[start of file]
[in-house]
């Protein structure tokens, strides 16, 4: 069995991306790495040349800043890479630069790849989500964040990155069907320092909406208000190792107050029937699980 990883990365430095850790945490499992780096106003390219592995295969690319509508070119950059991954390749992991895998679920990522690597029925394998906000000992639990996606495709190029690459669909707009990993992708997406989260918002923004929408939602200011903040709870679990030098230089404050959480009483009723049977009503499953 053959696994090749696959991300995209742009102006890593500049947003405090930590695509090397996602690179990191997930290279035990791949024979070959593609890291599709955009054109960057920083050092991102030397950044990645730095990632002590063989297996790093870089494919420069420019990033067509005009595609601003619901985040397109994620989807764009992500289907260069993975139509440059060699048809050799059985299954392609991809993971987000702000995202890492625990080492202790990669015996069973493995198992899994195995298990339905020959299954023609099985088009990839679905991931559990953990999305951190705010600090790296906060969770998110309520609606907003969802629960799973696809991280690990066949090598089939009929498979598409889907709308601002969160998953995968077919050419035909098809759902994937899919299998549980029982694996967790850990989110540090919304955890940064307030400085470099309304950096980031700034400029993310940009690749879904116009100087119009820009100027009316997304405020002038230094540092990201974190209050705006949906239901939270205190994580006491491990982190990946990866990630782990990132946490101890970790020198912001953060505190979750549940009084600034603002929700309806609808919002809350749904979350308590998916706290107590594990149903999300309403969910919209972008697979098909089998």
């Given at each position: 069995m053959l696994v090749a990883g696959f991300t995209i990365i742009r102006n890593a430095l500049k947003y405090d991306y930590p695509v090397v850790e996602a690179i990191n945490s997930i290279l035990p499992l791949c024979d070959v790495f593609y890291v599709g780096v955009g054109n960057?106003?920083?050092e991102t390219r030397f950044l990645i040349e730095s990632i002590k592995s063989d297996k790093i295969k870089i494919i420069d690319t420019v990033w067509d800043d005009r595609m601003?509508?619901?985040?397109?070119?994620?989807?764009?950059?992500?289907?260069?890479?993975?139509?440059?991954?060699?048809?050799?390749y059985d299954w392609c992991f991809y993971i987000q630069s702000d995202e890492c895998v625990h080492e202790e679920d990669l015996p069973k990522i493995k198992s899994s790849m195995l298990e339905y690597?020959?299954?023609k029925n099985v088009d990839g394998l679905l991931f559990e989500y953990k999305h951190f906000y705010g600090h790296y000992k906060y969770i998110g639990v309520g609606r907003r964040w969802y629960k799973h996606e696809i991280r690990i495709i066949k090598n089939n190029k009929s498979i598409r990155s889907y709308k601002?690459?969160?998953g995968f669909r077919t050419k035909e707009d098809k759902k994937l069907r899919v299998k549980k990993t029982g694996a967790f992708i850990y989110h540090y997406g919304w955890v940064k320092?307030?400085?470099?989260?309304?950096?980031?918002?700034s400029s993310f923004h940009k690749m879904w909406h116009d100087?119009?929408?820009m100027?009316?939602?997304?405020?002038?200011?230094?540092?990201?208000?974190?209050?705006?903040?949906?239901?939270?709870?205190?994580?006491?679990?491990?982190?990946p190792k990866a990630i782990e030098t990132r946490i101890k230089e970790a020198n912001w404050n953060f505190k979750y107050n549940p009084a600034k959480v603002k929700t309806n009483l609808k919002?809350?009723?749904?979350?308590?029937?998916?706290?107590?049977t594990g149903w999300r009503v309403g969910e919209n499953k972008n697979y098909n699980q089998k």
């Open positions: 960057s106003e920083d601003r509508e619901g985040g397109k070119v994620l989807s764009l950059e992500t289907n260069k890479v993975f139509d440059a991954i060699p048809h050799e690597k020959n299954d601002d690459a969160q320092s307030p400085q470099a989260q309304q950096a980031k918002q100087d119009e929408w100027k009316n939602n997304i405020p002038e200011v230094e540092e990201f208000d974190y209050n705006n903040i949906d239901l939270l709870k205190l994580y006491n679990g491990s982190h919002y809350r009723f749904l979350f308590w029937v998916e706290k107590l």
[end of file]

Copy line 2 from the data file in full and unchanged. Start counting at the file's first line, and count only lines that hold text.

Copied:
């Protein structure tokens, strides 16, 4: 069995991306790495040349800043890479630069790849989500964040990155069907320092909406208000190792107050029937699980 990883990365430095850790945490499992780096106003390219592995295969690319509508070119950059991954390749992991895998679920990522690597029925394998906000000992639990996606495709190029690459669909707009990993992708997406989260918002923004929408939602200011903040709870679990030098230089404050959480009483009723049977009503499953 053959696994090749696959991300995209742009102006890593500049947003405090930590695509090397996602690179990191997930290279035990791949024979070959593609890291599709955009054109960057920083050092991102030397950044990645730095990632002590063989297996790093870089494919420069420019990033067509005009595609601003619901985040397109994620989807764009992500289907260069993975139509440059060699048809050799059985299954392609991809993971987000702000995202890492625990080492202790990669015996069973493995198992899994195995298990339905020959299954023609099985088009990839679905991931559990953990999305951190705010600090790296906060969770998110309520609606907003969802629960799973696809991280690990066949090598089939009929498979598409889907709308601002969160998953995968077919050419035909098809759902994937899919299998549980029982694996967790850990989110540090919304955890940064307030400085470099309304950096980031700034400029993310940009690749879904116009100087119009820009100027009316997304405020002038230094540092990201974190209050705006949906239901939270205190994580006491491990982190990946990866990630782990990132946490101890970790020198912001953060505190979750549940009084600034603002929700309806609808919002809350749904979350308590998916706290107590594990149903999300309403969910919209972008697979098909089998």